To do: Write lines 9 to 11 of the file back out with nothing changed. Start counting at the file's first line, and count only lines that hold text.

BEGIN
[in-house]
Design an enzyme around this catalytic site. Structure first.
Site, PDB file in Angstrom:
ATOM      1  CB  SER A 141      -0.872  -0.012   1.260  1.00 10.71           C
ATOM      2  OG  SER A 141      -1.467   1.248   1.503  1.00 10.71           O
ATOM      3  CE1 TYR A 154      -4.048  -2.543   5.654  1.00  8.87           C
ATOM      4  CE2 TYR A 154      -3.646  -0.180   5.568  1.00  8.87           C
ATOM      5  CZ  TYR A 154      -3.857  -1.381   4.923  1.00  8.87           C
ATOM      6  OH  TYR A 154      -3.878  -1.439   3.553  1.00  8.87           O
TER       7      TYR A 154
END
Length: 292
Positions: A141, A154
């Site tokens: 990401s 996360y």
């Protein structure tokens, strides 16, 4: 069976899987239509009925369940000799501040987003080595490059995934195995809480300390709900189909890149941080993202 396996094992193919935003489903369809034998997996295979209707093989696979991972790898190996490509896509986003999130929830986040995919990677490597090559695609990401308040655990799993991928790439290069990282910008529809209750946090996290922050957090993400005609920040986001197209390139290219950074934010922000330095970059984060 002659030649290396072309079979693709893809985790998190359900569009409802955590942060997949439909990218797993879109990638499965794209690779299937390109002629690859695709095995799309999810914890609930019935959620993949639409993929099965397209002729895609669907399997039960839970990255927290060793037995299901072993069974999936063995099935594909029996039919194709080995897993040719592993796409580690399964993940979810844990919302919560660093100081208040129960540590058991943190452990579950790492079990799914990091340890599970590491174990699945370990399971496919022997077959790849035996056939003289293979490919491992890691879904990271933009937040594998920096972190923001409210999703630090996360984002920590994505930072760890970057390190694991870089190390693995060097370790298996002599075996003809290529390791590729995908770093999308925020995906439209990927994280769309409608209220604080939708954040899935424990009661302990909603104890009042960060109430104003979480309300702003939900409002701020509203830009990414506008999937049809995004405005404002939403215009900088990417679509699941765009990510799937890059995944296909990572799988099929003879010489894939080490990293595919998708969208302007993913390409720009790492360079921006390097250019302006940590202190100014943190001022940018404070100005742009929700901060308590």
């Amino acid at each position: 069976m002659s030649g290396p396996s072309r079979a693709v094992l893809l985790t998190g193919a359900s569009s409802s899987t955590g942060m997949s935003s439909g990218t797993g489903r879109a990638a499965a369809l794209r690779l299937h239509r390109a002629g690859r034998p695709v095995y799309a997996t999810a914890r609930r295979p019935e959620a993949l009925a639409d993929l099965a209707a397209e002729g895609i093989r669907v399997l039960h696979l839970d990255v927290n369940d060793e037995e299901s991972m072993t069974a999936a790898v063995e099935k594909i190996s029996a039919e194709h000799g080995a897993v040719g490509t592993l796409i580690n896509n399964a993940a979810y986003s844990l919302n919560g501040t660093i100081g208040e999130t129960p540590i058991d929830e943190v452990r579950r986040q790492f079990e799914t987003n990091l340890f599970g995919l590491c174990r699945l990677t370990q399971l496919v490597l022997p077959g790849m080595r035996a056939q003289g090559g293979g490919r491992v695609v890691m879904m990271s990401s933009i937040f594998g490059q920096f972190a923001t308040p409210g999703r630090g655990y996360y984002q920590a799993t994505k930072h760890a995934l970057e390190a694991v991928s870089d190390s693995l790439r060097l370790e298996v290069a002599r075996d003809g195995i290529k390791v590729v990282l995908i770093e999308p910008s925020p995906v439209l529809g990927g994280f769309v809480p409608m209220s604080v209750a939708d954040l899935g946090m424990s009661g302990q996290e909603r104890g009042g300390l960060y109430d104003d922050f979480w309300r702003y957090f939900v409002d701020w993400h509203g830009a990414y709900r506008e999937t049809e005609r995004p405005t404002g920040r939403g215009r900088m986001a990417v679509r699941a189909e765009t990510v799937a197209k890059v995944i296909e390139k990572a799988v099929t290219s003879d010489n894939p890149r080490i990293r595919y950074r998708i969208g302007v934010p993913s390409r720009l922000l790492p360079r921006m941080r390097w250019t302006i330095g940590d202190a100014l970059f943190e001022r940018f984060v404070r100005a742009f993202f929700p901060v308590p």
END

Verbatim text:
ATOM      6  OH  TYR A 154      -3.878  -1.439   3.553  1.00  8.87           O
TER       7      TYR A 154
END